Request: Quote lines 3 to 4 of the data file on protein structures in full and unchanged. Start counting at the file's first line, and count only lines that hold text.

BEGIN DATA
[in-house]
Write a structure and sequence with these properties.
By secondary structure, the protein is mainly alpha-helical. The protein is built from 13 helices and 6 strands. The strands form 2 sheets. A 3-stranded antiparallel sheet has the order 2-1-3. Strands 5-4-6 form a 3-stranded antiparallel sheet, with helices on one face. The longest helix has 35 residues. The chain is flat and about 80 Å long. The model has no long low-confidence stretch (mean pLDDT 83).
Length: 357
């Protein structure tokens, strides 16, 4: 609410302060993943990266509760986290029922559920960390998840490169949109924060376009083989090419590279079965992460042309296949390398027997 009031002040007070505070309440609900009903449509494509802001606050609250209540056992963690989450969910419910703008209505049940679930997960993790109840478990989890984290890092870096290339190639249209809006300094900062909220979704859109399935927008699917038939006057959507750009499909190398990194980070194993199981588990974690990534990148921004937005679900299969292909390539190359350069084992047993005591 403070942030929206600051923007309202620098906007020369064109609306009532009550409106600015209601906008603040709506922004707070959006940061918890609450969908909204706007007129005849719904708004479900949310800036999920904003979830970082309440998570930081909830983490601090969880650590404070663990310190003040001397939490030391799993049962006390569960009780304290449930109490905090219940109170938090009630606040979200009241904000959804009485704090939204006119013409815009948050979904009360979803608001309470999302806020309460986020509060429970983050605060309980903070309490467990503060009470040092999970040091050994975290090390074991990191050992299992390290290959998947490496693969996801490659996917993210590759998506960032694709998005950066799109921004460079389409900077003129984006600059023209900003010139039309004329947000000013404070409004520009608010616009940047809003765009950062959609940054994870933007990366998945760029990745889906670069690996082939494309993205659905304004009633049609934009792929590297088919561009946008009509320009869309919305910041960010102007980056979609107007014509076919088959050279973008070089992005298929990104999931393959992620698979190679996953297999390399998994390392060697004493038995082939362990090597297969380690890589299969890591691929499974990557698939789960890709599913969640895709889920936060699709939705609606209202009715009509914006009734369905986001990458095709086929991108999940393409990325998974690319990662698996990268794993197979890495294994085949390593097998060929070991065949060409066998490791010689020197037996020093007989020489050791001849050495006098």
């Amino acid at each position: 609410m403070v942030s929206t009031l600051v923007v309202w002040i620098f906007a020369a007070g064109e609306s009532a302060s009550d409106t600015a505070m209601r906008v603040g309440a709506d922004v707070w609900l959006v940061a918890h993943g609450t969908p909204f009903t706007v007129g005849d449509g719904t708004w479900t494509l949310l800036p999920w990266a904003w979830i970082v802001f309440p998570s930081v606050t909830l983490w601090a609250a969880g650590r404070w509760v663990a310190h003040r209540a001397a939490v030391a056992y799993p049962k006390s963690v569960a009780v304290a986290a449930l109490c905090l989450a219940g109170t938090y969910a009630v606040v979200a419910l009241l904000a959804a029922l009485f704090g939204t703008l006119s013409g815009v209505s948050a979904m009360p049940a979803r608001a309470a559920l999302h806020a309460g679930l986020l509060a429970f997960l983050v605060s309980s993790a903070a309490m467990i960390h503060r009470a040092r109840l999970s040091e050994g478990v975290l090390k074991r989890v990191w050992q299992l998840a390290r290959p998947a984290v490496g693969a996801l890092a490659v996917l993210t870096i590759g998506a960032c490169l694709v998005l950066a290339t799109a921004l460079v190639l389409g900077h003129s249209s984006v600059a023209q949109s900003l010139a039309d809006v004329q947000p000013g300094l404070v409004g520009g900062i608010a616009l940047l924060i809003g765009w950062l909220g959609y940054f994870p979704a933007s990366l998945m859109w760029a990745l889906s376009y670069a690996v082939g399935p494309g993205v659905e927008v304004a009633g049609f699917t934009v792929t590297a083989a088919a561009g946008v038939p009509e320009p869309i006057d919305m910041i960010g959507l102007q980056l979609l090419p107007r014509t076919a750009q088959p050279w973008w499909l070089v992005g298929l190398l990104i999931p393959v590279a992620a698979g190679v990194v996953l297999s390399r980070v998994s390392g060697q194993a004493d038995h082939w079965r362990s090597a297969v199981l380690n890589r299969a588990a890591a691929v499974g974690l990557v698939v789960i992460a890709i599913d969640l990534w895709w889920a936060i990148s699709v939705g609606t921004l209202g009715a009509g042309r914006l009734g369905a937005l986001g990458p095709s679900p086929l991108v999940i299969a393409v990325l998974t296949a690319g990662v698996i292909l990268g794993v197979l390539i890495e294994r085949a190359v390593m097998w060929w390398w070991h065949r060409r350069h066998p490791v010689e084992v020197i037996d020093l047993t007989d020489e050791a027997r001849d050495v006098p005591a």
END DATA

By secondary structure, the protein is mainly alpha-helical. The protein is built from 13 helices and 6 strands. The strands form 2 sheets. A 3-stranded antiparallel sheet has the order 2-1-3. Strands 5-4-6 form a 3-stranded antiparallel sheet, with helices on one face. The longest helix has 35 residues. The chain is flat and about 80 Å long. The model has no long low-confidence stretch (mean pLDDT 83).
Length: 357